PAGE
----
National Fish and Wildlife Foundation

The Natural Classroom Project

Bringing scientific partners, volunteer organizations, and middle and high school students together to increase environmental awareness


The Challenge

Bayou Gross Tete-Grand Bayou is impaired for both fish and wildlife propagation – due to problems with amounts of dissolved oxygen, nitrate/nitrite, total phosphorus and primary contact due to fecal coliform. Iberville Parish's Math, Science and Arts Academy-West Starship Program sits along this bayou and had an interest in getting students involved in hands-on work that could integrate the school’s focus on STEM education. 

The Approach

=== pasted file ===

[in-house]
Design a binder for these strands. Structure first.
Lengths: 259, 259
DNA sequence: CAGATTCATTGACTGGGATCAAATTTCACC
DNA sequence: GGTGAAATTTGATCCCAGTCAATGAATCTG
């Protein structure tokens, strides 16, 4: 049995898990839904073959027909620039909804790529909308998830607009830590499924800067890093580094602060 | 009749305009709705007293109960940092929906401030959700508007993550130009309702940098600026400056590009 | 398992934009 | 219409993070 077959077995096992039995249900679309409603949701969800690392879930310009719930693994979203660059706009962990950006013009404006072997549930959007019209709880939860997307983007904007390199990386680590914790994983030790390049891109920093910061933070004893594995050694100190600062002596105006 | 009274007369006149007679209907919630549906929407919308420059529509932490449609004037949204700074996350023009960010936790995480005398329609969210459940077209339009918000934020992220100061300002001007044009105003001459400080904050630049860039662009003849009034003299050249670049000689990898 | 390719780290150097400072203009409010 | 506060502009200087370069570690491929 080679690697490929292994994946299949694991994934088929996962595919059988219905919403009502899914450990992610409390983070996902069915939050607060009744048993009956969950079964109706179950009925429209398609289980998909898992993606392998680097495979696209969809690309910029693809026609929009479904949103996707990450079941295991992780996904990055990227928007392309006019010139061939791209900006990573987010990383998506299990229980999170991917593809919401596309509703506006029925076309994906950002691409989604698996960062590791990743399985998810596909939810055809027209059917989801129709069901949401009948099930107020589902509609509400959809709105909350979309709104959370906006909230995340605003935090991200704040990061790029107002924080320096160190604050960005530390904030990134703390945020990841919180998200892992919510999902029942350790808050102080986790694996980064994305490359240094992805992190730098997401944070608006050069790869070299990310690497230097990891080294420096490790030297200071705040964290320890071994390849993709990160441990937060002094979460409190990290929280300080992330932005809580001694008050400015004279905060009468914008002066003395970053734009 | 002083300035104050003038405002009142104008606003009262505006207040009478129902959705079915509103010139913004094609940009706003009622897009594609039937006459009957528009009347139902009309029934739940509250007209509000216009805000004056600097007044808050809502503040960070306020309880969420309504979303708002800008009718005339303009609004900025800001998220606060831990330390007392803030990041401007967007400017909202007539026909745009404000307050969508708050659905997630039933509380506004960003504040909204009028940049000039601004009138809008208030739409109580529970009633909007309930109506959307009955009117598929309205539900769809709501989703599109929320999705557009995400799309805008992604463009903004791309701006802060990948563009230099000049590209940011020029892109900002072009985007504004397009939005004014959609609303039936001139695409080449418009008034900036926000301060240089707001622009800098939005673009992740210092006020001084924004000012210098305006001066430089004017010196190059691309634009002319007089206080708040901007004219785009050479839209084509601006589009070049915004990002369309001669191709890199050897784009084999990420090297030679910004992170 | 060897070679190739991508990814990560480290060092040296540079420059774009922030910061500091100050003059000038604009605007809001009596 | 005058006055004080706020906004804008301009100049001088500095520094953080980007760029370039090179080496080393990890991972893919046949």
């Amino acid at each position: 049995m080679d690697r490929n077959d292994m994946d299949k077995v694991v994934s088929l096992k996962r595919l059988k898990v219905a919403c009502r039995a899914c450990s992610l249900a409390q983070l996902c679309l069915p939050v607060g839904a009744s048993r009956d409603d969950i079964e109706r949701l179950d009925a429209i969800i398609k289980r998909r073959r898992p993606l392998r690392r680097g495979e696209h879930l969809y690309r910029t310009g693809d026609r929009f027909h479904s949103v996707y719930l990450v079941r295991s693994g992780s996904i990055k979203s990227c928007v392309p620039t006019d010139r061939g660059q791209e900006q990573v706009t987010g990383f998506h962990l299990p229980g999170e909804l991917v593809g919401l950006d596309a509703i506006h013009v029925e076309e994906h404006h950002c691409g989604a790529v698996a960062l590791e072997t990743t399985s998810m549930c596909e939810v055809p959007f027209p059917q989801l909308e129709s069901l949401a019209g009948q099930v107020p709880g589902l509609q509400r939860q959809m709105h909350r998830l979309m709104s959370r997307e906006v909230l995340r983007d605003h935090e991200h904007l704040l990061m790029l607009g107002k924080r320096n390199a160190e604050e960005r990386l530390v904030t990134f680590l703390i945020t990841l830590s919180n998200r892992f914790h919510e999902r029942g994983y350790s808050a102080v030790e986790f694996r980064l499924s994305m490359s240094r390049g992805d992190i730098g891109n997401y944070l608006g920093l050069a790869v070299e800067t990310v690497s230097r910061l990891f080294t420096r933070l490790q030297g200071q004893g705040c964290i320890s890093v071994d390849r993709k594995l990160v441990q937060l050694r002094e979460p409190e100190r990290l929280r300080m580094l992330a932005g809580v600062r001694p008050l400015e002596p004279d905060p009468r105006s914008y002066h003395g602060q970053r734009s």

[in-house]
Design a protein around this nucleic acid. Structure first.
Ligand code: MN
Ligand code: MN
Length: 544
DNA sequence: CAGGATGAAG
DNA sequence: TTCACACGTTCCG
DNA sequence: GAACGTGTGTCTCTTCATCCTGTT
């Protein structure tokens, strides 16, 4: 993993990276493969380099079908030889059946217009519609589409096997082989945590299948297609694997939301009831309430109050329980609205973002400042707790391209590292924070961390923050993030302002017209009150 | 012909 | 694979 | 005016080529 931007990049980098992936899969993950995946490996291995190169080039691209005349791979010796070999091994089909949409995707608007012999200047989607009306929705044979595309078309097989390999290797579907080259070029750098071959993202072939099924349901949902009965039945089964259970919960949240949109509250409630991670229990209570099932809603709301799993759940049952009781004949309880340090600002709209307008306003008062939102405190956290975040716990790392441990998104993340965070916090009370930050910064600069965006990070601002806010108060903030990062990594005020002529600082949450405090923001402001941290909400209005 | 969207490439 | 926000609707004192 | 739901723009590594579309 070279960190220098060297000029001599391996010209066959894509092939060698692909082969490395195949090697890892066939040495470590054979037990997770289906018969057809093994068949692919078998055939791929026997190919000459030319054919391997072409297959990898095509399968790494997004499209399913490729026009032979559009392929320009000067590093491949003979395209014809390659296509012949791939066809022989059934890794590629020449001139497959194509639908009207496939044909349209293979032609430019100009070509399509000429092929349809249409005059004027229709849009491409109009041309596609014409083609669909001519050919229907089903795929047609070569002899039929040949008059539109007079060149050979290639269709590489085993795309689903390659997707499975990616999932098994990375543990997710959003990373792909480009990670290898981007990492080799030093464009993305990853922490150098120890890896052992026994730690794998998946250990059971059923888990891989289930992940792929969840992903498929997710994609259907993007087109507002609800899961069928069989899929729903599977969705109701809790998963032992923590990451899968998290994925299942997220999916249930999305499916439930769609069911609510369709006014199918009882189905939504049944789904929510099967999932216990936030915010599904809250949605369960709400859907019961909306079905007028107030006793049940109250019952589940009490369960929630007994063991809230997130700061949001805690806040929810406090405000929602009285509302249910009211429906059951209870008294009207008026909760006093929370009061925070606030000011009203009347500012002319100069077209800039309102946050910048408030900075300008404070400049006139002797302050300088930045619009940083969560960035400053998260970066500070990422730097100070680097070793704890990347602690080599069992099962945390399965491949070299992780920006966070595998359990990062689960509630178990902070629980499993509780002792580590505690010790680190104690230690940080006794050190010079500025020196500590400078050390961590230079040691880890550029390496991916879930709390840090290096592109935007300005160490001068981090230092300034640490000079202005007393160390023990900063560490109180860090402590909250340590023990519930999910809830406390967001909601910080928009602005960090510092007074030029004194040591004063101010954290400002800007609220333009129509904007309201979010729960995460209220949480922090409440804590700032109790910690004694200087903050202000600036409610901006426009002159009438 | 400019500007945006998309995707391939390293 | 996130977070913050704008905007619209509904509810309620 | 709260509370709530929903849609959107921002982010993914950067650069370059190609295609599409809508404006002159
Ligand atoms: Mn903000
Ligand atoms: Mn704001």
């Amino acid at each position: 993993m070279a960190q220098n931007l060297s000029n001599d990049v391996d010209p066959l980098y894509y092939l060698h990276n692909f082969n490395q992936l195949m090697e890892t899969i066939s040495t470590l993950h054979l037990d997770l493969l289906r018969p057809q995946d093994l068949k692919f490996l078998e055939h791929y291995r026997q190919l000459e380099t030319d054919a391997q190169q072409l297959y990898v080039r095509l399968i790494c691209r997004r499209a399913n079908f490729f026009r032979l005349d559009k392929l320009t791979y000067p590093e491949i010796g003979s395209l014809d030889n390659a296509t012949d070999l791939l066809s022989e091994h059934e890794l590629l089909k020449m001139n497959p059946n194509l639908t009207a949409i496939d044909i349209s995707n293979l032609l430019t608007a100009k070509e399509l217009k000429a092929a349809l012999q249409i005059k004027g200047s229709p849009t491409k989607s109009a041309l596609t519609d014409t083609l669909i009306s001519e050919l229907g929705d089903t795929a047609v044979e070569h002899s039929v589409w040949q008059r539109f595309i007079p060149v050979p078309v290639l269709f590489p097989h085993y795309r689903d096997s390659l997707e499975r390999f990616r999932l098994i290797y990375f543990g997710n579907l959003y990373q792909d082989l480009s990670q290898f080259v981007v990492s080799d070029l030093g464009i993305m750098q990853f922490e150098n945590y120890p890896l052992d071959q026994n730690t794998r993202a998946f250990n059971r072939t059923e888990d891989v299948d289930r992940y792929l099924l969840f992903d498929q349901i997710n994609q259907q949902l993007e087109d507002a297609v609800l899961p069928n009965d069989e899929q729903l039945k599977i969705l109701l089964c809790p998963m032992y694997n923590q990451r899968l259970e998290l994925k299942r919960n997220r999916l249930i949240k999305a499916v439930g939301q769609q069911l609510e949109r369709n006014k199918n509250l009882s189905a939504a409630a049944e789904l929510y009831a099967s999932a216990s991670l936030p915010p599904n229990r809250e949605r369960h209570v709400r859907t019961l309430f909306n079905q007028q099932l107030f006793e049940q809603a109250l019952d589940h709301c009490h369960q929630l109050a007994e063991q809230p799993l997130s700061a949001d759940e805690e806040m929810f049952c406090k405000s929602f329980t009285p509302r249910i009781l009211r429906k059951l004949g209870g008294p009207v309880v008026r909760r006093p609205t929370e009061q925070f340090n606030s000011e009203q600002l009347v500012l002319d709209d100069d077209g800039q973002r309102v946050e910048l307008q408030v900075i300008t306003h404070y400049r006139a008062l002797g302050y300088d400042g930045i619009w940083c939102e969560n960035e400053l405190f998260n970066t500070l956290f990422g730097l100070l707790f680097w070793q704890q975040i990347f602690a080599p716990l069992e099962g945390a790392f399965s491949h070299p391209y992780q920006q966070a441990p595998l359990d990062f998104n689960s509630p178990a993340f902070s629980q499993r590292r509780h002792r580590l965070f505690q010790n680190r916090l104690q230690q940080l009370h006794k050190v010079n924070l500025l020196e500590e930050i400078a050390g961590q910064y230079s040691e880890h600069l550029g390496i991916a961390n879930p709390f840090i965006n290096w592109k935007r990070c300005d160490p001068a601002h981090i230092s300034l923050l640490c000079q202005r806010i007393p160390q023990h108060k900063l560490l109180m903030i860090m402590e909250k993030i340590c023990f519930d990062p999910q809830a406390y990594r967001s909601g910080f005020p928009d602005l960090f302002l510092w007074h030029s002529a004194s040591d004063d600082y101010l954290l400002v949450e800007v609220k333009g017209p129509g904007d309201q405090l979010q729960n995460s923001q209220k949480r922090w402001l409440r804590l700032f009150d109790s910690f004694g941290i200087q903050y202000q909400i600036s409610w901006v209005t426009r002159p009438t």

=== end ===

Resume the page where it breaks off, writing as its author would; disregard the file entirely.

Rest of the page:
Through funding from National Fish and Wildlife Foundation, the Institute collaborated with the Iberville Parish's Math, Science and Arts Academy-West Starship Program to work with teachers and administration to integrate a “natural classroom” into the curriculum. The primary goal of the natural classroom is to use the nearby bayou and swamp for real-world experience in applying science to an environmental challenge. The project includes training in how to take water quality samples, a cypress reforestation of an adjacent swamp, bayou shoreline plantings, and monitoring of restoration progress. In addition, students were challenged with designing and building a hydroponics system to allow the school to start growing their own wetland plants for future restoration efforts. In April 2017, Institute team members, volunteers with Forum 35 and coastal organizations as well as community members and parents planted 205 bald cypress trees, 120 live oaks, 15 American beautyberry, and 10 yaupon holly in the wetland area behind the school and the Bayou Gross Tete in front of the school. Collaboration with the school’s teachers and administration continues as the Institute works with the staff to integrate water and soil monitoring into the curriculum throughout the school year.